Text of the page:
Agnolo Bronzino

Agnolo Gaddi

Ambrogio Lorenzetti

Andreadi di Bonaiuto

Andrea del Castagno

Andrea del Sarto

Andrea di Bartolo

Andrea Mantegna

Antonello da Messina

Antonio del Pollaiuolo

Bartolo di Fredi

Bartolomeo di Giovanni

Benozzo Gozzoli

Benvenuto di Giovanni

Bernard Berenson

Bernardo Daddi

Bianca Cappello

Bicci di Lorenzo

Bonaventura Berlinghieri

Buonamico Buffalmacco

Byzantine art



Dietisalvi di Speme

Domenico Beccafumi

Domenico di Bartolo

Domenico di Michelino

Domenico veneziano


Duccio di Buoninsegna

Eleonora da Toledo

Federico Zuccari

Filippino Lippi

Filippo Lippi

Fra Angelico

Fra Carnevale

Francesco di Giorgio Martini

Francesco Pesellino

Francesco Rosselli

Francia Bigio

Gentile da Fabriano


Domenico Ghirlandaio


Giorgio Vasari

Giotto di bondone

Giovanni da Modena

Giovanni da San Giovanni

Giovanni di Francesco

Giovanni di Paolo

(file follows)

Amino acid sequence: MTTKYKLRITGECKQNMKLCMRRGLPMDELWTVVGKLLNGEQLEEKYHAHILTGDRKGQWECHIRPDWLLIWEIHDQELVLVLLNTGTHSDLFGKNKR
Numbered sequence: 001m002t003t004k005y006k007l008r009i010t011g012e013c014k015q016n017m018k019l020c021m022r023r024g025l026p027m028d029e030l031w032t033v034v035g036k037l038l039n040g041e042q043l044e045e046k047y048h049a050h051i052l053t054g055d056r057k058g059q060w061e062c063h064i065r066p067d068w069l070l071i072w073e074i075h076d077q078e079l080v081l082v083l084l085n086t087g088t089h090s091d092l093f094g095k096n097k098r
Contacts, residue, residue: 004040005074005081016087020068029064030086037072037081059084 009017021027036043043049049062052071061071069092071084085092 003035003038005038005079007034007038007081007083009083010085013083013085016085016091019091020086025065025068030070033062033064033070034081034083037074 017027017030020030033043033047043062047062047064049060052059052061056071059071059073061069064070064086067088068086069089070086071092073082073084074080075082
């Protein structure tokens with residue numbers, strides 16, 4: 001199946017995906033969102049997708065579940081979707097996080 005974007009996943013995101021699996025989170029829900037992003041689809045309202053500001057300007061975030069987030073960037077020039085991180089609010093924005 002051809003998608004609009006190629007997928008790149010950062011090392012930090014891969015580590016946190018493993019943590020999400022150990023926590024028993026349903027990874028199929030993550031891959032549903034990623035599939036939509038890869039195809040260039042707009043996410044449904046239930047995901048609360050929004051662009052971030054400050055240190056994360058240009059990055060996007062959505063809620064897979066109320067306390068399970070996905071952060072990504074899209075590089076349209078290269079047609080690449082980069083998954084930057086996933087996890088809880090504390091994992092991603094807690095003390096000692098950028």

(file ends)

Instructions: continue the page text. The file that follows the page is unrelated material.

Giovanni Toscani

Girolamo di Benvenuto

Guidoccio Cozzarelli

Guido da Siena

Il Sodoma

Jacopo del Sellaio

Jacopo Pontormo

Lippo Memmi

Lippo Vanni

Lorenzo Ghiberti

Lorenzo Monaco

Lo Scheggia

Lo Spagna

Luca Signorelli


masolino da panicale

master of monteoliveto

master of saint francis

master of the osservanza

matteo di giovanni

memmo di filippuccio

neroccio di bartolomeo

niccolo di segna

paolo di giovanni fei

paolo ucello


piero della francesca

piero del pollaiolo

piero di cosimo

pietro aldi

pietro lorenzetti



sandro botticelli

sano di pietro


simone martini

spinello aretino

taddeo di bartolo

taddeo gaddi

ugolino di nerio



Lorenzo Monaco (Piero di Giovanni), Abraham (detail), The Metropolitan Museum of Art, New York

Travel guide for Tuscany

Lorenzo Monaco | The Four Prophets